The Ohio Historical Society’s Archives/Library contains the largest collection of Ohio newspapers in existence. The newspaper holdings contain:
- Newspapers published from 1793-1996
- 4,500 titles
- 20,000 volumes
- Nearly 48,000 rolls of microfilm of Ohio titles
Much of the microfilm in the Society’s newspaper collection was created in 1971 as part of a National Endowment for the Humanities initiative called the United States Newspaper Program. Since then, the information published in the thousands of deteriorating wood-pulp newspaper volumes in the society’s collections has been transferred to more than 16,000 rolls of master negative microfilm. The Ohio Newspaper Digitization Project builds upon this earlier effort.
Looking to the Future
“Thanks to a $353,069 grant from the National Endowment for the Humanities last year, the Ohio Historical Society has been able to digitize a select number of historically significant Ohio newspapers,” said Sharon Dean, OHS director of collections.
According to Dean, the initial project was limited to a small number of newspapers published from 1880-1920, so an advisory group of journalists, historians, educators, scholars, librarians and archivists selected runs from 13 titles to be digitized. The newspapers eventually will be uploaded to the Chronicling America Web site over the next year.
These include: Perrysburg Journal, in Perrysburg, from Nov. 26, 1880 to Aug. 26, 1920; Marion Daily Mirror, in Marion, from Jan. 1, 1907 to April 17, 1912; Marion Democratic Mirror, also in Marion, from Jan. 1, 1880 to Dec. 31, 1906; Akron Daily Democrat, in Akron from May 1, 1899 to Dec. 31, 1902; Stark County Democrat, in Canton, from Jan. 1, 1891 to April 14, 2910; Knox County Democratic Banner, in Mount Vernon, from Jan. 4, 1910 to Dec. 29,1922; Springfield Republic, in Springfield, from Jan. 1, 1885 to Sept. 11, 1888; Hillsboro News-Herald, in Hillsboro, from April 17, 1886 to Dec. 31, 2914; Hocking Sentinel, in Logan, from Jan. 3, 1886 to March 15, 1906; Ohio Democrat, in Logan, from July 10, 1886 to March 15, 1906, and also the Ohio Democrat-Sentinel from March 22, 1906 to Dec. 30, 1909; and the Marietta Leader, in Marietta, from Jan. 1, 1896 to Sept 28, 1901.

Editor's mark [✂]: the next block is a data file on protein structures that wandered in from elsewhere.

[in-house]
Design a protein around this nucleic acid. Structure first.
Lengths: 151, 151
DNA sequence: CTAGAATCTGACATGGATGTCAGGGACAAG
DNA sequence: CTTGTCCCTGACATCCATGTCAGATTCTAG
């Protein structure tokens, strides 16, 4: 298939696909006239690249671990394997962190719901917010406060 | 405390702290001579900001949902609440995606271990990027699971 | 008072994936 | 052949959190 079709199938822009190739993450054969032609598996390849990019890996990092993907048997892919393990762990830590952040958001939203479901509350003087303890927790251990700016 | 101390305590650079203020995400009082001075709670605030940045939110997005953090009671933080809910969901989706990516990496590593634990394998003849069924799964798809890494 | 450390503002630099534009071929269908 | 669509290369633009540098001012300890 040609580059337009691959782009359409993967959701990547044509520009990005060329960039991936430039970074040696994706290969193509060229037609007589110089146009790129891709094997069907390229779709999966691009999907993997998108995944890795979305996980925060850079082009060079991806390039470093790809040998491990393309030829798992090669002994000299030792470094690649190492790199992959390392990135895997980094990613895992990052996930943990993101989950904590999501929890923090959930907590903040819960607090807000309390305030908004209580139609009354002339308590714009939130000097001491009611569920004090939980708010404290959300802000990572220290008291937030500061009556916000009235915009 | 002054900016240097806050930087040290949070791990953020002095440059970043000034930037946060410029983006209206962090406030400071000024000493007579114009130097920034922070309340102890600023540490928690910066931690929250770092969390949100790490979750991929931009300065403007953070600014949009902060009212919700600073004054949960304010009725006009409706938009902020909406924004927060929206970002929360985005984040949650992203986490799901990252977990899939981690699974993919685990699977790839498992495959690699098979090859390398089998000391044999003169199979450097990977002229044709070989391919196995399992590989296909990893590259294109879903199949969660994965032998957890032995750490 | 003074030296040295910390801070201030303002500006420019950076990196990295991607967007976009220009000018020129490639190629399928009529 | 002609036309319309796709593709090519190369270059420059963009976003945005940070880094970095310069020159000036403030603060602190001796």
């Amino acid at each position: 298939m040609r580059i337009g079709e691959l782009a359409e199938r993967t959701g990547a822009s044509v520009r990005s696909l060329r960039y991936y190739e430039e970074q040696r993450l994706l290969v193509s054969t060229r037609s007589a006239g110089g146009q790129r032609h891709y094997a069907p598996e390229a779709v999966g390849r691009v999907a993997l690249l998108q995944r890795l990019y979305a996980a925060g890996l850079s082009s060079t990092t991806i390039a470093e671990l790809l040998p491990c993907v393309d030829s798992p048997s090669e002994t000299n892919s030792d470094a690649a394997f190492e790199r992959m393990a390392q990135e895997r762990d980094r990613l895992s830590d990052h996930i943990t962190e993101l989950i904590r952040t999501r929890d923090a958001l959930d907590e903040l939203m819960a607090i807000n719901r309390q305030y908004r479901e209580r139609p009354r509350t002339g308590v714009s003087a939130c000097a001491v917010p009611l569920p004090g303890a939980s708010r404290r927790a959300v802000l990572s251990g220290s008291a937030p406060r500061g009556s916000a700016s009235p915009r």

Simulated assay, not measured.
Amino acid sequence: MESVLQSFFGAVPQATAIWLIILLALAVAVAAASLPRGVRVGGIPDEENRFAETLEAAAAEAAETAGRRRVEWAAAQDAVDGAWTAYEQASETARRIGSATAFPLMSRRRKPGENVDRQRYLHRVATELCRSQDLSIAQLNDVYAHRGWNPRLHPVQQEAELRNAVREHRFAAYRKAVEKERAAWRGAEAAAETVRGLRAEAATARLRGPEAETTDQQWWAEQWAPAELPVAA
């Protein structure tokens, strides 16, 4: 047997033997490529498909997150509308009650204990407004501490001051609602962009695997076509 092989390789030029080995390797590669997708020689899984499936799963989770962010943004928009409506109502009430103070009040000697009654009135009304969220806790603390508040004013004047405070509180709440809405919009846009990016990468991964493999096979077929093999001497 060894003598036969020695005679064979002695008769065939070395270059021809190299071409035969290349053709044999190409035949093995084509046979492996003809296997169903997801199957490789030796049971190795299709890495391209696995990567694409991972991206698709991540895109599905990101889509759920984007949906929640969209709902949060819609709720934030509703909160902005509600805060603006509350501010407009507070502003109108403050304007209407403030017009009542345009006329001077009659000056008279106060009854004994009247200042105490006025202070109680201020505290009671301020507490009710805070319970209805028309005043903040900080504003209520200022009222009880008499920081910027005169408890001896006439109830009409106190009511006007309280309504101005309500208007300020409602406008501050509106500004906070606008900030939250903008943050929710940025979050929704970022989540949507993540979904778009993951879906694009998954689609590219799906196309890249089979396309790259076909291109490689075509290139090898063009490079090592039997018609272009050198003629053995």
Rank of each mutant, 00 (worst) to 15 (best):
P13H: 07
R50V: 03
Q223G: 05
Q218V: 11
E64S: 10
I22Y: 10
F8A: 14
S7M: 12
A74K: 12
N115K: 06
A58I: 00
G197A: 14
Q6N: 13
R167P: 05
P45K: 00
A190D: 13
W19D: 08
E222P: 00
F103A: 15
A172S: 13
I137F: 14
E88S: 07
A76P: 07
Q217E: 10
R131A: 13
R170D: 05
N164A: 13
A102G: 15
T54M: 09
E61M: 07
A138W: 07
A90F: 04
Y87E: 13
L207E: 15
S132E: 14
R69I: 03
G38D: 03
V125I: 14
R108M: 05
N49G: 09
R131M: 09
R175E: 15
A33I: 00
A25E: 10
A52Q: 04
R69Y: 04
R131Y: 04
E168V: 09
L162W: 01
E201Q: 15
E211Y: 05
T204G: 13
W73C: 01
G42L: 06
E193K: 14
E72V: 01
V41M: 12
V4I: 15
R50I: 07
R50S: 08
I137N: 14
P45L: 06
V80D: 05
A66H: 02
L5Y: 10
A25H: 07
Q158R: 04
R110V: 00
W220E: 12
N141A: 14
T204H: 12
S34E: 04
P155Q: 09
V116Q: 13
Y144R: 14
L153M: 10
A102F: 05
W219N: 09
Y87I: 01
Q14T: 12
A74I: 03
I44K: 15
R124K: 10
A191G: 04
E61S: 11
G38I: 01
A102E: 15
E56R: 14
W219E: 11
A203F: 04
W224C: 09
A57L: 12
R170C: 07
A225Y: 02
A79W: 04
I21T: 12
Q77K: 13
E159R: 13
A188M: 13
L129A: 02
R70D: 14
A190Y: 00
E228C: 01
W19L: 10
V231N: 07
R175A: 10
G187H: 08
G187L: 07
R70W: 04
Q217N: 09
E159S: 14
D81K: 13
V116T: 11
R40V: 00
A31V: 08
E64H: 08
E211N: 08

“These newspapers are just the beginning,” Dean said. “We’ll continue to apply for NEH funds in upcoming grant cycles until we can complete digitizing our collection of Ohio newspapers.”
In addition to the Library of Congress site, researchers also will be able to access the newspapers at http://www.ohiomemory.org. For more information about the Ohio Newspaper Digitization Project, contact Eric W. Schnittke at 614.297.2613 or firstname.lastname@example.org.
Established in 1885, the Ohio Historical Society is a nonprofit organization that serves as the state’s partner in preserving and interpreting Ohio’s history, archaeology, natural history and architecture. For more information about programs and events, call 614.297.2300/800.686.6124 or go online at http://www.ohiohistory.org.